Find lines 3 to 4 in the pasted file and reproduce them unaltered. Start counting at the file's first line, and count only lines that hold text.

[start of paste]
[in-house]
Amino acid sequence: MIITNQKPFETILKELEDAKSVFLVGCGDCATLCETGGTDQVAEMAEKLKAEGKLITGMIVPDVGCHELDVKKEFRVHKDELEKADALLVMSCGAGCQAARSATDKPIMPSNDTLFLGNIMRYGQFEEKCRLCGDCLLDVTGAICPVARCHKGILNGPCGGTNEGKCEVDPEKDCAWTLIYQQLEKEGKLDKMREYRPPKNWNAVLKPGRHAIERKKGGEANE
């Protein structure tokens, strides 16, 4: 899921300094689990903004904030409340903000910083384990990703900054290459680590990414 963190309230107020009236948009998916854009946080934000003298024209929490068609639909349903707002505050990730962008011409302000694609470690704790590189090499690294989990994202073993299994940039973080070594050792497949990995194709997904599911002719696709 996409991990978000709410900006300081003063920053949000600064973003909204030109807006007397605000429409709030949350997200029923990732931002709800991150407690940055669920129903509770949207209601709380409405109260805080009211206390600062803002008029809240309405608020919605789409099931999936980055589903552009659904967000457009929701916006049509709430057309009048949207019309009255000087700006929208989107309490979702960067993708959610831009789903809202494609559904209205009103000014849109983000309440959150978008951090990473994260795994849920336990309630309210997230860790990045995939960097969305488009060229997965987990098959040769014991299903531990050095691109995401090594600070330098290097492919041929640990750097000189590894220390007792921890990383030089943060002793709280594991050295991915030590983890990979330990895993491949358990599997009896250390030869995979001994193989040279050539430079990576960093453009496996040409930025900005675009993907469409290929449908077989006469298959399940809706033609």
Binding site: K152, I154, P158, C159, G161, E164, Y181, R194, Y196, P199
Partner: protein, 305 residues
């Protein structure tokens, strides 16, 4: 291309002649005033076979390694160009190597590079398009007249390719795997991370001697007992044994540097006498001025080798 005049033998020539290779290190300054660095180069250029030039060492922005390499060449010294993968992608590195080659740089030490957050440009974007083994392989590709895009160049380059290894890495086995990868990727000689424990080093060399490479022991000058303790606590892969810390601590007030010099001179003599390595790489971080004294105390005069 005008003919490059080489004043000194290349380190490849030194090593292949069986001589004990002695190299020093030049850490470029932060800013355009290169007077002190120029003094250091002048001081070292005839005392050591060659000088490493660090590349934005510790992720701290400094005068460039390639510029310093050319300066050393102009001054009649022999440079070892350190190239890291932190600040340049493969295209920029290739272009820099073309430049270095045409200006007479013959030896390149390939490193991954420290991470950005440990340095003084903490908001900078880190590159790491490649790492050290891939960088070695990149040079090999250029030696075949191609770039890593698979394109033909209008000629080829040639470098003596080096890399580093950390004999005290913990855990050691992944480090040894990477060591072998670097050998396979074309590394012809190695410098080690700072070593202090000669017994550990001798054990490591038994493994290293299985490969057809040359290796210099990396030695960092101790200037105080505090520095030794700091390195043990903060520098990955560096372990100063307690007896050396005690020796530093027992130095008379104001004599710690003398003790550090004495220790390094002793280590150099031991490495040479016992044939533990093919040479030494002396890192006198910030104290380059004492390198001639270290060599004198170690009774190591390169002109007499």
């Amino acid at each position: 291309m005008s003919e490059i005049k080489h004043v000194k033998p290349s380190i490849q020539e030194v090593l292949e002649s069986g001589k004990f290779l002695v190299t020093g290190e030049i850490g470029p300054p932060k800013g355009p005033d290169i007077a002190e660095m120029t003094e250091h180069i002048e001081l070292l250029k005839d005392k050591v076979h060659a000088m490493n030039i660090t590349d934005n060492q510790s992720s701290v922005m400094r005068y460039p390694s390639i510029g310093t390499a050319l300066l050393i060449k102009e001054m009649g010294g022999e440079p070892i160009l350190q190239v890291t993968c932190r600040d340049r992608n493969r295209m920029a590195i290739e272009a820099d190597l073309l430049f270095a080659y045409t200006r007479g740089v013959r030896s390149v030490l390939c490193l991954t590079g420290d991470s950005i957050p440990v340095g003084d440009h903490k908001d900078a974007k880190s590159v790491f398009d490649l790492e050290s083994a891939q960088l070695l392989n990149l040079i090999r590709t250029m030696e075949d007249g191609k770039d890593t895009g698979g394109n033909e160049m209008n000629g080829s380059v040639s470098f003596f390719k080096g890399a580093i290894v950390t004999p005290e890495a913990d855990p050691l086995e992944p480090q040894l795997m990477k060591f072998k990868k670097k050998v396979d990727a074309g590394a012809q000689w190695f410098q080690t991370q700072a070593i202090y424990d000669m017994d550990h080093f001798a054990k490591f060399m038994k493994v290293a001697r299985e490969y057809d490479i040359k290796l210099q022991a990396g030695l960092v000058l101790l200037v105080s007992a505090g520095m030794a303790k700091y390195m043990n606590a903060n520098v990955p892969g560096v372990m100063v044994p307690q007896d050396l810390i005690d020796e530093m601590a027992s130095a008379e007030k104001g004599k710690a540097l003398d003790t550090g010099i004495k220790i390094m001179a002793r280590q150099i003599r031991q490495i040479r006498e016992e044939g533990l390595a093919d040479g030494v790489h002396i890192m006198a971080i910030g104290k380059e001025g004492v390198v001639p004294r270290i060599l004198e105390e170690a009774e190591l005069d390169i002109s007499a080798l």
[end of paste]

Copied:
């Protein structure tokens, strides 16, 4: 899921300094689990903004904030409340903000910083384990990703900054290459680590990414 963190309230107020009236948009998916854009946080934000003298024209929490068609639909349903707002505050990730962008011409302000694609470690704790590189090499690294989990994202073993299994940039973080070594050792497949990995194709997904599911002719696709 996409991990978000709410900006300081003063920053949000600064973003909204030109807006007397605000429409709030949350997200029923990732931002709800991150407690940055669920129903509770949207209601709380409405109260805080009211206390600062803002008029809240309405608020919605789409099931999936980055589903552009659904967000457009929701916006049509709430057309009048949207019309009255000087700006929208989107309490979702960067993708959610831009789903809202494609559904209205009103000014849109983000309440959150978008951090990473994260795994849920336990309630309210997230860790990045995939960097969305488009060229997965987990098959040769014991299903531990050095691109995401090594600070330098290097492919041929640990750097000189590894220390007792921890990383030089943060002793709280594991050295991915030590983890990979330990895993491949358990599997009896250390030869995979001994193989040279050539430079990576960093453009496996040409930025900005675009993907469409290929449908077989006469298959399940809706033609």
Binding site: K152, I154, P158, C159, G161, E164, Y181, R194, Y196, P199